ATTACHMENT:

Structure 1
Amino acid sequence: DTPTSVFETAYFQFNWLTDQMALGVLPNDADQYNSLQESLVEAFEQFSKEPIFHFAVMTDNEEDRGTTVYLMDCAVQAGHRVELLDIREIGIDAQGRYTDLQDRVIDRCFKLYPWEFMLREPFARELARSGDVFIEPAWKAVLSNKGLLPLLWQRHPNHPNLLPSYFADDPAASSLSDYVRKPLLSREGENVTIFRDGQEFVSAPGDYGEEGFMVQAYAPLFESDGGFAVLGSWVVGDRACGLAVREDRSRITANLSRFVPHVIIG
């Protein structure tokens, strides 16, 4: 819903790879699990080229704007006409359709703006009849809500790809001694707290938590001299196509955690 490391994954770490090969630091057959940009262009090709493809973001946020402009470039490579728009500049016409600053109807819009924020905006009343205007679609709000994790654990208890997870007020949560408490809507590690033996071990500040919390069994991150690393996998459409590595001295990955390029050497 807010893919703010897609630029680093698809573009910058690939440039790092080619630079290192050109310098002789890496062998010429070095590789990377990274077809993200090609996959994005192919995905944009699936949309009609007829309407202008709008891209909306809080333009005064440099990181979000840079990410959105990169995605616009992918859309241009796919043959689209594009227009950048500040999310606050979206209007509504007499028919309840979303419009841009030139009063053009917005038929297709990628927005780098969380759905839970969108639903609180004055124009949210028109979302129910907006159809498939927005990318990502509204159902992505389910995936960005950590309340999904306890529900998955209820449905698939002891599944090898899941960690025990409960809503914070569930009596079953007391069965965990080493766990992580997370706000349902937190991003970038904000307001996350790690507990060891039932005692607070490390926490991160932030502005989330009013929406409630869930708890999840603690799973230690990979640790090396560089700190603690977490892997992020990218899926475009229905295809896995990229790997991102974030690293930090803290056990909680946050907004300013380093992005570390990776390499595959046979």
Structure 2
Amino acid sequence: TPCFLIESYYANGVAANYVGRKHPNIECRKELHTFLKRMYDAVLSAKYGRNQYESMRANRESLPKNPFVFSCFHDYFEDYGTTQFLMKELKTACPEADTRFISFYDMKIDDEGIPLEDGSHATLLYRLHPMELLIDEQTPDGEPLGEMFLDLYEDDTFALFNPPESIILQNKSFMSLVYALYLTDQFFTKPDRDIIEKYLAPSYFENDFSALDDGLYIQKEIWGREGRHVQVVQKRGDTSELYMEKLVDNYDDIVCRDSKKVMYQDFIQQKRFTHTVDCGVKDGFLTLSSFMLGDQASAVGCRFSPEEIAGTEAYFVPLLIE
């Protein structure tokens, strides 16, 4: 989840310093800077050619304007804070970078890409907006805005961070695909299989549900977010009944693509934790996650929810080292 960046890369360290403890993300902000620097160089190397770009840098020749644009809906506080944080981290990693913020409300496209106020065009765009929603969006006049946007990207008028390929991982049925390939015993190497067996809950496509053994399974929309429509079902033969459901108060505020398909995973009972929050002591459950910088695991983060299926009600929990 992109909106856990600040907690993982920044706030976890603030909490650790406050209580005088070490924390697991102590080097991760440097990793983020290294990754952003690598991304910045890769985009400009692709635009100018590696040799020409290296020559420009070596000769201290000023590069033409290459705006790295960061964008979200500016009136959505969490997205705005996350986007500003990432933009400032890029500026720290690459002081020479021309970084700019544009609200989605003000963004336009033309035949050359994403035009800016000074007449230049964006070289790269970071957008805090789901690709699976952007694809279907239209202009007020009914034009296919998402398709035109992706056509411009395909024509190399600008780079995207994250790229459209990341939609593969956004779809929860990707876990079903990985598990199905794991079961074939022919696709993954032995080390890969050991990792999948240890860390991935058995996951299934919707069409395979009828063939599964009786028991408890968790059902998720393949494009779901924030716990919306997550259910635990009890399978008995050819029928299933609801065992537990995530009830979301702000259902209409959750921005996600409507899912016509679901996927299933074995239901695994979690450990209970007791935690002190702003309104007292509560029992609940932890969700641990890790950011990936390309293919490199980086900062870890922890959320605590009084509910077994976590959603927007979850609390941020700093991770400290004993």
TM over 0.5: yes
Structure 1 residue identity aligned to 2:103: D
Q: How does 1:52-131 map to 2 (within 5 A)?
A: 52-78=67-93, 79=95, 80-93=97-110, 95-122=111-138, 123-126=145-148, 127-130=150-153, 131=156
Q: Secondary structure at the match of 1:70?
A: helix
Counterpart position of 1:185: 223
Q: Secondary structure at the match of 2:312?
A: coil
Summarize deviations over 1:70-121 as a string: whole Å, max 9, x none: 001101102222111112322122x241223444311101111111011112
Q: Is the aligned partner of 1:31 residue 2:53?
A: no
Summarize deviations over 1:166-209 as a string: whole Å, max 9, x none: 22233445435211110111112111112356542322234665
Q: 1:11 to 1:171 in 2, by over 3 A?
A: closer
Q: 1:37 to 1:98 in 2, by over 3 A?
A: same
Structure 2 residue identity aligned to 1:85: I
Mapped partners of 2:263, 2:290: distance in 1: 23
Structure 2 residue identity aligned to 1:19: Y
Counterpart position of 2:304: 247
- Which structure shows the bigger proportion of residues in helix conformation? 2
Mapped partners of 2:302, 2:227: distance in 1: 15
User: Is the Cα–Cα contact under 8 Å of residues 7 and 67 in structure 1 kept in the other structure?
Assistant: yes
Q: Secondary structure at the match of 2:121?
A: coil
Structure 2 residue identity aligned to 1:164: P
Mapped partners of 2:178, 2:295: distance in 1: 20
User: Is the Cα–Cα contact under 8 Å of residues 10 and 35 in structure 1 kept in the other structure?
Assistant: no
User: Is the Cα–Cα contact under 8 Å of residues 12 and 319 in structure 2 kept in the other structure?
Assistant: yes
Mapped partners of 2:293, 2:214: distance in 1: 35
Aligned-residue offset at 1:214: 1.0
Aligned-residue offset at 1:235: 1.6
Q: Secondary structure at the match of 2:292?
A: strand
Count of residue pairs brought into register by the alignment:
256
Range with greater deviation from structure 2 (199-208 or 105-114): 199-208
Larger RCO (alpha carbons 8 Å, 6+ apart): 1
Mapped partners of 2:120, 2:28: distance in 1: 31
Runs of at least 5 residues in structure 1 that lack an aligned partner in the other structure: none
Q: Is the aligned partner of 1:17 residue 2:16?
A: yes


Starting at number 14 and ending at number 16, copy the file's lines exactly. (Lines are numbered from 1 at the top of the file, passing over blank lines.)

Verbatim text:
Q: Secondary structure at the match of 2:312?
A: coil
Summarize deviations over 1:70-121 as a string: whole Å, max 9, x none: 001101102222111112322122x241223444311101111111011112